About 700 nurses at St. Vincent Hospital in Worcester, Massachusetts, went on strike Monday, protesting what they call dangerous conditions amid the coronavirus pandemic.
The strike comes after negotiations between the Massachusetts Nurses Association and Dallas-based Tenet Healthcare, which owns the hospital, broke down.
On Monday morning, hundreds could be seen picketing in front of the hospital. The striking nurses plan to picket every day from 6 a.m. until midnight until a settlement is reached, according to the MNA.
"We take pride in the care that we deliver, so if we're not able to deliver the quality of care that we're accustomed to, we have a problem with that," said maternity ward nurse Christine Donohue.
Nurses from units across the hospital say they're caring for too many patients at one time.
"There's a lot of unsafe conditions in the ER right now," said Heather Arnold, an emergency room nurse. "It's dangerous, very dangerous."
Union leaders say staffing issues have led to an increase in patient falls, bed sores and dangerous delays in patients receiving medications.
"Even feeding patients on time, even simple things as proper hygiene, we are staffed to bare bones minimum," said nurse Marlena Pellegrino, who's on the union negotiating team.
In a letter to the union president, St. Vincent Hospital CEO Carolyn Jackson called on union members to stop using "bullying and intimidation" tactics against their colleagues. Jackson cited threats of backlash against nurses who cross the picket line.
The hospital has hired hundreds of temporary nurses from around the country.
"We are very disappointed that our nurses chose to walk out and go on strike in the midst of a global pandemic," said Jackson, who disputes the union's claims of poor patient care and inadequate staffing. "We staff our med surge floors at a range of one nurse to four patients to one nurse to five patients, which is in line with UMass and other hospitals across the state."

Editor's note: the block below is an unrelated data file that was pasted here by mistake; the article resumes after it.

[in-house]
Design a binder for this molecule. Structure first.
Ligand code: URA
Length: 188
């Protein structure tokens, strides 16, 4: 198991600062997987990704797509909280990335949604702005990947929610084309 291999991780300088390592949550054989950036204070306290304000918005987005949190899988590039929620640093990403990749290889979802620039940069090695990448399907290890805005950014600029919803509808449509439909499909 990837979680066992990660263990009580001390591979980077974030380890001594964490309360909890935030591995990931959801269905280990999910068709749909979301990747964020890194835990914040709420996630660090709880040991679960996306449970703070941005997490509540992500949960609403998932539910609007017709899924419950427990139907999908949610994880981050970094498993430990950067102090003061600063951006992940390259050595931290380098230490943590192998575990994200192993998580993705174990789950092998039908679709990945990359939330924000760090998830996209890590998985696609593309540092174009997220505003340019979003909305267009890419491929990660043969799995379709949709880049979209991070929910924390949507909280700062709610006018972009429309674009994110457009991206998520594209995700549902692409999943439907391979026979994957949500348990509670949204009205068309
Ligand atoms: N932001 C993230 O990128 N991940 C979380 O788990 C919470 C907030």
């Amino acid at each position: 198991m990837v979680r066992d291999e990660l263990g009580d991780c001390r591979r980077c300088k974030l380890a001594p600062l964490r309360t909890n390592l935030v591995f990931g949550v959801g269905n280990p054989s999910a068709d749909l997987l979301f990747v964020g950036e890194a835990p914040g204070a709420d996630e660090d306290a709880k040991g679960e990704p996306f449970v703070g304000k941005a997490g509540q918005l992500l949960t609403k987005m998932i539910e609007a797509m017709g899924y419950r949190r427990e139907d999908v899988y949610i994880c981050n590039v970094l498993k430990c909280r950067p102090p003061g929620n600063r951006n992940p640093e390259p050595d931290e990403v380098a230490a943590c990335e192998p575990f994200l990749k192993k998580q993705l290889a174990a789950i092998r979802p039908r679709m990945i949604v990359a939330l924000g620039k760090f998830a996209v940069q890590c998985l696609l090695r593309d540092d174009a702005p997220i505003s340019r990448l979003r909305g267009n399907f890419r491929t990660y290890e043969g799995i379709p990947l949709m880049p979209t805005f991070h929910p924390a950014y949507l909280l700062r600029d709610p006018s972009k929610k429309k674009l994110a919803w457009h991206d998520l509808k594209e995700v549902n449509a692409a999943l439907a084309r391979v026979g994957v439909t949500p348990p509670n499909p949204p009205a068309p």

Negotiations have gone on for about a year.
During a rally on Sunday, the nurses claimed that working conditions are putting patients at risk during the COVID-19 pandemic, including high patient-to-nurse ratios, a lack of support staff and high turnover.
They are demanding higher wages and better benefits for part-time workers.
"If the [Operating Room] is not busy they will force nurses in same-day surgery to go home rather than to go out to the floors or the emergency room or the [intensive care unit] and help nurses that are inundated with patients," striking nurse Marie Ritacco said Monday.
Ritacco has been at St. Vincent for 38 years and walked the picket line 21 years ago for a strike that lasted 49 days. She’s worried this one could go that long.
"Of course it concerns me, but we are going to be out here until they come to the table and talk about staffing, and we will not be returning until we are assured that we will have much safer staffing at the bedside," she said.
The hospital presented the "best proposal in ten years," according to a spokesperson, which included pay increases as high as 36% for some nurses, and increases to differentials, benefits improvements of up to $4,600 for part time nurses in out of pocket premium costs, enhanced ER security and staffing.
The nurses' union has made it clear for weeks that they planned to strike on Monday unless management agreed to boost staffing to better protect patients during and after the coronavirus pandemic.
Tenet and St. Vincent management "refuse to heed nurses" call to increase staffing levels to better protect their patients during the ongoing COVID-19 crisis, the union said in a statement.